The majority of winter climbers just continue to go climbing – taking their knowledge of our great cliffs and their thirst for winter adventure to logical but evermore audacious extremes. In winter, logic means ice. I’m not saying that a route with no ice or no “logic” is necessarily bad; rather, that a really great mixed line which also has ice will nearly always be better. And ultimately better is surely what we’re after?

Now, I’ve never been one to shy away from climbing a route in winter simply because it’s a great route in summer. After all, a truly great line is a truly great line, irrespective of the season. Curved Ridge. Eagle Ridge. Centurion. Steeple. They’re all equally brilliant as either summer or winter routes. And for me, personally, when I look at the physical legacy left on these climbs by the repeated passage of climbers, I would argue that on balance it’s the intensity of so many summer ascents that leaves the greater impact (have you seen the amount of in-situ gear on the summer crux of Steeple these days? It’s a bloody disgrace…).

The Dubh Loch can get busy when the icing is on the cake!

The Dubh Loch can get busy when the icing is on the cake!

But all this is to digress. The point of this blog is to celebrate the undeniable greatness, beauty and quality in contemporary Scottish mixed climbing. And to fanfare the mighty Dubh Loch as proudly heading up the vanguard…



20 01 2015

Yesterday was for sure a genuine “one in a million day” on Cul Mor. Any day up in the far Northwest in winter is special. This one was unsurpassed. A combination of the necessary freedom from family and work, the right choice of venue, conditions, partner and psyche levels all combined to produce the perfect product. All complemented perfectly by that little sprinkle of magic so important to all the best ground-up multi-pitch adventures.


Everyone is pulling pretty hard on their axes these days, so it was obvious to me there had to be an at least technically-feasible way through that great roof. But having not studied the feature in any detail previously there was a huge air of uncertainty as we made our approach. You can’t see properly into Coire Gorm until you’re right inside it, but the sight that met us as the crag first came into view certainly bode well – a continuous curtain of ice hung all the way along the underside of the roof. Major uncertainties remained though; could we find the right line, and quickly? Would there be enough gear? And – equally important- would our chosen option through the roof lead us on up through the headwall? The crag is about 120m high and the same across, with no established routes in summer or winter; breaching the great roof itself would not guarantee our success.

As it turned out we hit the jackpot. Conditions were like nothing I’ve seen in the area before, with good snow on the approach and on the cliff, all the moss and turf like toffee, and lot’s….and lots….and lots of sticky ice.

The first pitch was straightforward enough. Steep but perfect ice (no screws was a mistake though) lead to a traverse left on good tufts to the base of an ice hose splurging temptingly from the underside of the roof. We were now positioned on a narrow ledge about 30m up, just right of the centre of the cliff, below a 10m overhang stretching as far as our eyes could see in both directions.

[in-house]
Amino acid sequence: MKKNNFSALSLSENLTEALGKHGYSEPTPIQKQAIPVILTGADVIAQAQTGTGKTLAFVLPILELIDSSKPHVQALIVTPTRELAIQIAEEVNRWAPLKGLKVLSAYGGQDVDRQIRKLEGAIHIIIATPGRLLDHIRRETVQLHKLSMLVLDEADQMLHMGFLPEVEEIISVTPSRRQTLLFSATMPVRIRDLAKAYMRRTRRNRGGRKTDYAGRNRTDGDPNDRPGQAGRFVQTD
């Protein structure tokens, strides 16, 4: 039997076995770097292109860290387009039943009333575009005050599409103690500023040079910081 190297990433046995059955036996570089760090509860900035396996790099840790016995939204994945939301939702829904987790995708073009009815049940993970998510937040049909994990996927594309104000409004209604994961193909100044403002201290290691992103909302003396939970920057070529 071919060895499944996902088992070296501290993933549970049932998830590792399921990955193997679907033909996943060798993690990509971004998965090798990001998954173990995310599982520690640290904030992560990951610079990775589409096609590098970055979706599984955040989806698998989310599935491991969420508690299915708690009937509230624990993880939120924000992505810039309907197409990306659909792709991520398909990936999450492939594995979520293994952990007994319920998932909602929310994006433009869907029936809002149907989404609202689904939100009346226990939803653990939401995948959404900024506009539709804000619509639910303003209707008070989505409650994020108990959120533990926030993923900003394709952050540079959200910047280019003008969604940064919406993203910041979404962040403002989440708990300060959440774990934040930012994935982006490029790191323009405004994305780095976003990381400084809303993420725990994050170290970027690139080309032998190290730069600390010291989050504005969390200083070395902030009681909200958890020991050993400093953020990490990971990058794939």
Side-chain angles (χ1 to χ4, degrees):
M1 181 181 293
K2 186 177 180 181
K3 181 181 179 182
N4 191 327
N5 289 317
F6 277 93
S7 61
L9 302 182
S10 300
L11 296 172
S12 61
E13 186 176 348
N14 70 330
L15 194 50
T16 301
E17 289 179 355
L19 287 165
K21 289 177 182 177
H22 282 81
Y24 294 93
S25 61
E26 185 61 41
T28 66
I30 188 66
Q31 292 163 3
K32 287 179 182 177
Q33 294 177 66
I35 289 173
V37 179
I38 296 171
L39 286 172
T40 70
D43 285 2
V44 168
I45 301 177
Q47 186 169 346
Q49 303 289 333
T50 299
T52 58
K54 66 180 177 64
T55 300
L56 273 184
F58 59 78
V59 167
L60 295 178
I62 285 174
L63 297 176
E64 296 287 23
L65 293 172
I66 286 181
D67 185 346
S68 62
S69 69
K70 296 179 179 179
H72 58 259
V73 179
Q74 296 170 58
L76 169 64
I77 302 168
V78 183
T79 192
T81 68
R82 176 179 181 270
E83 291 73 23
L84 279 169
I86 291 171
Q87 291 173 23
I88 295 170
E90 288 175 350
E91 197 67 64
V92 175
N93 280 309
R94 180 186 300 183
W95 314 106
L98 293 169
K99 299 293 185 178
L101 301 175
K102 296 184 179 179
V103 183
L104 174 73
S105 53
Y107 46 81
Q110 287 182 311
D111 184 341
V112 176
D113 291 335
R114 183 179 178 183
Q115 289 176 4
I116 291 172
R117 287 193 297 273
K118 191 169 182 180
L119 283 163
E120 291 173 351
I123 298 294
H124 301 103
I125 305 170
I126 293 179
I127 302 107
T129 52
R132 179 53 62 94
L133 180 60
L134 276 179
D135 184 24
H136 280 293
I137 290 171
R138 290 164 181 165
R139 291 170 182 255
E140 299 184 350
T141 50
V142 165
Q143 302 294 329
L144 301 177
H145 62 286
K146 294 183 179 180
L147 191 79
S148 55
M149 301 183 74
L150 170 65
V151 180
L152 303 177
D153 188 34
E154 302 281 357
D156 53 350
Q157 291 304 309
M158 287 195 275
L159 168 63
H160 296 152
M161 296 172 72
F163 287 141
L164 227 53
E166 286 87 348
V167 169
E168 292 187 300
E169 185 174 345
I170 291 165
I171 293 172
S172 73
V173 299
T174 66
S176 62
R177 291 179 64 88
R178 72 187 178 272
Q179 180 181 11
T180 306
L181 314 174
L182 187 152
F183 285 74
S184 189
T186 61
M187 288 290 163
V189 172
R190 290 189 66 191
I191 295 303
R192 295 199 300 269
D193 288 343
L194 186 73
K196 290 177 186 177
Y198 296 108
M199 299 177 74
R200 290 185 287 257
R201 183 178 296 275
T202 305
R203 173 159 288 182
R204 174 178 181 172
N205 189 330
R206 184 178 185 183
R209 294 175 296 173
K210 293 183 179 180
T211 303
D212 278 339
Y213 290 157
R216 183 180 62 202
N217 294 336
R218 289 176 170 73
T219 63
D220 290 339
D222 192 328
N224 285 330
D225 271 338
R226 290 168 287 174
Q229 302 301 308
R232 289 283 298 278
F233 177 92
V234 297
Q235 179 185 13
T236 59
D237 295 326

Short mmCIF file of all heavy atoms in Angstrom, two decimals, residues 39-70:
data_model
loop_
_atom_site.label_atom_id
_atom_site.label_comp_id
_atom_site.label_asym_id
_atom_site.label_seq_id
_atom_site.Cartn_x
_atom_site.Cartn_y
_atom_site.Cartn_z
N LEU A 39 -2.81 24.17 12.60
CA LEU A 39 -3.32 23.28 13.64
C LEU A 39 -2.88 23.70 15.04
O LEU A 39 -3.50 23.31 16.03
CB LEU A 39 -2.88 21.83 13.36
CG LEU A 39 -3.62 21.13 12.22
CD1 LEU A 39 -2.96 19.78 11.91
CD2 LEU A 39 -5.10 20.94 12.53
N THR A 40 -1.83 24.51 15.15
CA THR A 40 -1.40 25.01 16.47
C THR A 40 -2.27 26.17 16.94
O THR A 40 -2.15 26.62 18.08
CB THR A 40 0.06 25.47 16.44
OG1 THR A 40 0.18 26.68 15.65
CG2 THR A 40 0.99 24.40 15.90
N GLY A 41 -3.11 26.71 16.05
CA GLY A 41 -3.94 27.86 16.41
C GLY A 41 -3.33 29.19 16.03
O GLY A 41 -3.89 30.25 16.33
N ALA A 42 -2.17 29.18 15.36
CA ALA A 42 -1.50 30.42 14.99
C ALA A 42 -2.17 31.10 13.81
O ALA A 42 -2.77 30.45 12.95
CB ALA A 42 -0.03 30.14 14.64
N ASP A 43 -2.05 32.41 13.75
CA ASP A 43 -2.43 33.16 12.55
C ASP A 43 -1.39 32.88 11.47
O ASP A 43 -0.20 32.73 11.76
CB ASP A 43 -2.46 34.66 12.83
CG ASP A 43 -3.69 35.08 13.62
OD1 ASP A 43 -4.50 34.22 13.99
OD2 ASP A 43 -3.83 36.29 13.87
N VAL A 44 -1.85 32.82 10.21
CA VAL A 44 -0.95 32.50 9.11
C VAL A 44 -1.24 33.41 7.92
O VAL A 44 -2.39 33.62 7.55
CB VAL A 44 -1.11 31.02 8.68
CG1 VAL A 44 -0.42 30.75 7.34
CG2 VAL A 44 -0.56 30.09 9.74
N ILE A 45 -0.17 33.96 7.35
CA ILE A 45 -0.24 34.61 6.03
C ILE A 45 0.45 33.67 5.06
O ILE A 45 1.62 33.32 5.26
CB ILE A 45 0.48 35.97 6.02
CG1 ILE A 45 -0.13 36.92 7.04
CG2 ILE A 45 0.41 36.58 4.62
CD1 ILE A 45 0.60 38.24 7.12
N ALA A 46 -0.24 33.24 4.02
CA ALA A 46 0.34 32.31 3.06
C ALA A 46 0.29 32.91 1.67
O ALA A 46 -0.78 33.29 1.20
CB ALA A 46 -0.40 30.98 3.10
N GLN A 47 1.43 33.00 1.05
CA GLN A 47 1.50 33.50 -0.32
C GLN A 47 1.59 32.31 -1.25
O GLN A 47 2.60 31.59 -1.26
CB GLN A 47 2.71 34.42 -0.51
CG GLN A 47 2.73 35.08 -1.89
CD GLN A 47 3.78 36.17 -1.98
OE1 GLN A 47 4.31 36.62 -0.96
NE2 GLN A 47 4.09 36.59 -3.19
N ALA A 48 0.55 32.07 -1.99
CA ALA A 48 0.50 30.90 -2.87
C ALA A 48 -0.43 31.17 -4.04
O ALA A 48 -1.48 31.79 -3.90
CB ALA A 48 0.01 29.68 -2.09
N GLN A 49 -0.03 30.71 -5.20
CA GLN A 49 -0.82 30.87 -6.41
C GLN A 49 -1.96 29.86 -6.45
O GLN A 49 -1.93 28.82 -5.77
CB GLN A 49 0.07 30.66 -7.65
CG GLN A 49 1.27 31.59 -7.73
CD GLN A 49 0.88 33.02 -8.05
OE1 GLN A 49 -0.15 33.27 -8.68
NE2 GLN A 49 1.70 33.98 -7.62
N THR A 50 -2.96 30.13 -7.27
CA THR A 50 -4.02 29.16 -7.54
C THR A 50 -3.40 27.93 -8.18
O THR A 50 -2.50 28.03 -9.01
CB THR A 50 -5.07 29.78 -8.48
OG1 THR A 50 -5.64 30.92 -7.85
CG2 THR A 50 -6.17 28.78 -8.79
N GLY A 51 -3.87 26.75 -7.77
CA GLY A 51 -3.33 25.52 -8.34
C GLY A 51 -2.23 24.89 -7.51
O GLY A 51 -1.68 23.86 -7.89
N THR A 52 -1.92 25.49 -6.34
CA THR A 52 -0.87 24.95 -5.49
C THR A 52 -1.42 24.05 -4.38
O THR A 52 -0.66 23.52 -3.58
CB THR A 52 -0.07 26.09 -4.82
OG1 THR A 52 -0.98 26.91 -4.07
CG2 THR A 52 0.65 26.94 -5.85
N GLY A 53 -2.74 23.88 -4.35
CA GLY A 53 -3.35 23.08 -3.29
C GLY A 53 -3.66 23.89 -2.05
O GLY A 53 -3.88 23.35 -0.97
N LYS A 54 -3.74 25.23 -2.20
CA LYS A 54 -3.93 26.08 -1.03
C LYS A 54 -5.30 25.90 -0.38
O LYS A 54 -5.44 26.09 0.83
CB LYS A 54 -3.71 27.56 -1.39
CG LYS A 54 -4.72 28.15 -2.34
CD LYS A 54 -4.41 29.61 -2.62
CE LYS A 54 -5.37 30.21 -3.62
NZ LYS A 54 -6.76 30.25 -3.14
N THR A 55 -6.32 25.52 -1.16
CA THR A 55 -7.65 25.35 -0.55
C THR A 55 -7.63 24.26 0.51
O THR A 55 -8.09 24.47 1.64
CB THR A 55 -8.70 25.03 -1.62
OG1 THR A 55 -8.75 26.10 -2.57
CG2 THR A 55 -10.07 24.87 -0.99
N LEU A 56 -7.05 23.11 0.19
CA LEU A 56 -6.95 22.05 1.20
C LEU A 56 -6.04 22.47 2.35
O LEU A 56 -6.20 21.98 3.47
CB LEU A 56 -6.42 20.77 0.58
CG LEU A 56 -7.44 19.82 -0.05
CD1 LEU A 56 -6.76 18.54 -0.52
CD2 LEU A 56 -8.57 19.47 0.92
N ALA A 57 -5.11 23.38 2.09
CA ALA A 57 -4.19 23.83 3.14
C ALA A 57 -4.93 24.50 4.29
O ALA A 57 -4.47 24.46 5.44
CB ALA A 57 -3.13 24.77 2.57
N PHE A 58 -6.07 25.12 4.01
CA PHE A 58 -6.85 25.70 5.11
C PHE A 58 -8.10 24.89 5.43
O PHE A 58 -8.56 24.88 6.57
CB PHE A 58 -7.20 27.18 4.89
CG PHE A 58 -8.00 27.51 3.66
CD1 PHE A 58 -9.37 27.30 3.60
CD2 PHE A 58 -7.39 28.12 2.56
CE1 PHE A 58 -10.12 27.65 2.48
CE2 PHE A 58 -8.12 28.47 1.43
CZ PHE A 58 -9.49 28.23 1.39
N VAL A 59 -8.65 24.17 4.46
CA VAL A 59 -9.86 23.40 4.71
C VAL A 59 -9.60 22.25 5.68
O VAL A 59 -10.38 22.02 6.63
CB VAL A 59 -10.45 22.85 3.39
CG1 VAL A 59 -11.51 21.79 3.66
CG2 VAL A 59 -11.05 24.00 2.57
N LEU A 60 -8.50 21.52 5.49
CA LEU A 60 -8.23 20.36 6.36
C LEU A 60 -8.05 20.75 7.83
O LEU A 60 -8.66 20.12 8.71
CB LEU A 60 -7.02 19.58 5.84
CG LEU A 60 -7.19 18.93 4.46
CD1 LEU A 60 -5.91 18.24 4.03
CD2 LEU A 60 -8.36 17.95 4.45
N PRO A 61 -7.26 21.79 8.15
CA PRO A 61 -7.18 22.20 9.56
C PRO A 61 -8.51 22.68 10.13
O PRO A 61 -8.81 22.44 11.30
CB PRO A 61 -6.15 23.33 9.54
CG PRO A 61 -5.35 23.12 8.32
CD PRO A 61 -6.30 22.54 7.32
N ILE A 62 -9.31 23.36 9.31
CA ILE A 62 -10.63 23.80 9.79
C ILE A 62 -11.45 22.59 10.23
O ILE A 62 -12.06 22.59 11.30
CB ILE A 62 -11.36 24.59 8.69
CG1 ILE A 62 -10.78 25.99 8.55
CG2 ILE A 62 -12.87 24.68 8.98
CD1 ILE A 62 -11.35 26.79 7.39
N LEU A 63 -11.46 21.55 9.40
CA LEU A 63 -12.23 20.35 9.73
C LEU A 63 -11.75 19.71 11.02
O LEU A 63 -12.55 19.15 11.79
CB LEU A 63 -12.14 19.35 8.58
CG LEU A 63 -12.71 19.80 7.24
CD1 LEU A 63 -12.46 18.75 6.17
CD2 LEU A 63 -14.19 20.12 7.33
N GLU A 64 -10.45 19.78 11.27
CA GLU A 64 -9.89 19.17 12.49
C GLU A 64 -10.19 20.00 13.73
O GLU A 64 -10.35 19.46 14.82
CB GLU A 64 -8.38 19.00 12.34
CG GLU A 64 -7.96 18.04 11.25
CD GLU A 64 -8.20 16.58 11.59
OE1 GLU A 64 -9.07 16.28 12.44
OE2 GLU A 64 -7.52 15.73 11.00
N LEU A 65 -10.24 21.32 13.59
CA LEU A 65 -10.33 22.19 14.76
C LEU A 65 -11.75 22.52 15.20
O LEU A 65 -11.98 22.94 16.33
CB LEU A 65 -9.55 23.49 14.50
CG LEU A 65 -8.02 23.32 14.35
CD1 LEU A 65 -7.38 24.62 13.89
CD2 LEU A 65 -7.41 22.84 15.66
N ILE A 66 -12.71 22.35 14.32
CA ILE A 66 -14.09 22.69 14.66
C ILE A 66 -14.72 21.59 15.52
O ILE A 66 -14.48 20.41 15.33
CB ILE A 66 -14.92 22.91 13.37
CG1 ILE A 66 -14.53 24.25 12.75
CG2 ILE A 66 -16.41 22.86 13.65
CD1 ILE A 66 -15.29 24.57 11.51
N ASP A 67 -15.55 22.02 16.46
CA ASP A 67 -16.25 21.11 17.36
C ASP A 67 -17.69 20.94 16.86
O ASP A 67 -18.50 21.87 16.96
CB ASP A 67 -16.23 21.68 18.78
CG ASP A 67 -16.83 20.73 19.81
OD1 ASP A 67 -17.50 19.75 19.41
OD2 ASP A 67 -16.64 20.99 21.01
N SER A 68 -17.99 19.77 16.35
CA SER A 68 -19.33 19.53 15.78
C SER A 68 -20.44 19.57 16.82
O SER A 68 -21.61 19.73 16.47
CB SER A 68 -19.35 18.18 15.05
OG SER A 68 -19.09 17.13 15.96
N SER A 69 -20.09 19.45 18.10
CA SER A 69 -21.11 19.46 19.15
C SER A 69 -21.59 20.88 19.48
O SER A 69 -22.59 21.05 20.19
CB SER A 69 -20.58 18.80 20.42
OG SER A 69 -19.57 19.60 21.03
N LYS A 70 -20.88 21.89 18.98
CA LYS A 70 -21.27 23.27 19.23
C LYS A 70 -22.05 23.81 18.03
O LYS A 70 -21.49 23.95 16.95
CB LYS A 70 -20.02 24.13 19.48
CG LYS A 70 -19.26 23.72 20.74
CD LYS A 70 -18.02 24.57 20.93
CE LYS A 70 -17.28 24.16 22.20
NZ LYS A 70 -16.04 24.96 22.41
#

The second pitch was anything but straightforward. The ice hose lead delicately to a series of long and strenuous reaches – 60 degrees the wrong side of vertical – with no placement deeper than two or maybe three teeth of an axe pick. The ferocity of movement was only grudgingly compensated by the presence of the occasional ice smear for sketching feet.

I could maybe have coped with all of this had the gear been good. Fortuitously, however, I didn’t have to. I knew my young friend and partner had been doing nothing but training for this moment for some months, and I knew his chances of success were higher than mine. I’ve seen success and failure on a hard climb be defined by a play of egos; this was clearly a time to set mine to one side.

Up and down, up and down. Up and down, up and down. Each time he probed further, steady, static and determined, but still no fail-safe gear. I could tell his time was running out. I steeled myself for action. I reassured myself quietly that the belay was perfect, and that if need be I could jump off my little ledge in the event that he should fall. But he didn’t.

Get ready!

Get ready!

Pulling over the lip on a wafer hook in an icy seam it immediately became obvious that straight up wouldn’t work. Nothing but smooth, blank and unforgiving Torridonian sandstone. So a lightning decision was made to shift weight back under the lip of the steepness, inverting a tool in an undercut crack in a wild and powerful Stein-pull. It was at about this point that a sudden bizarre jet of spindrift appeared out of the otherwise empty blue sky above us, filling his face with icy shards, into his hood and down his back. I tried desperately to keep a straight face under my hood. Was this the little sprinkle of magic we so desperately now needed? It seemed to be so, as a final long stretch away right found the smallest licks of ice in the tiniest of tiny ramps. Everything stuck, and we were on our way over.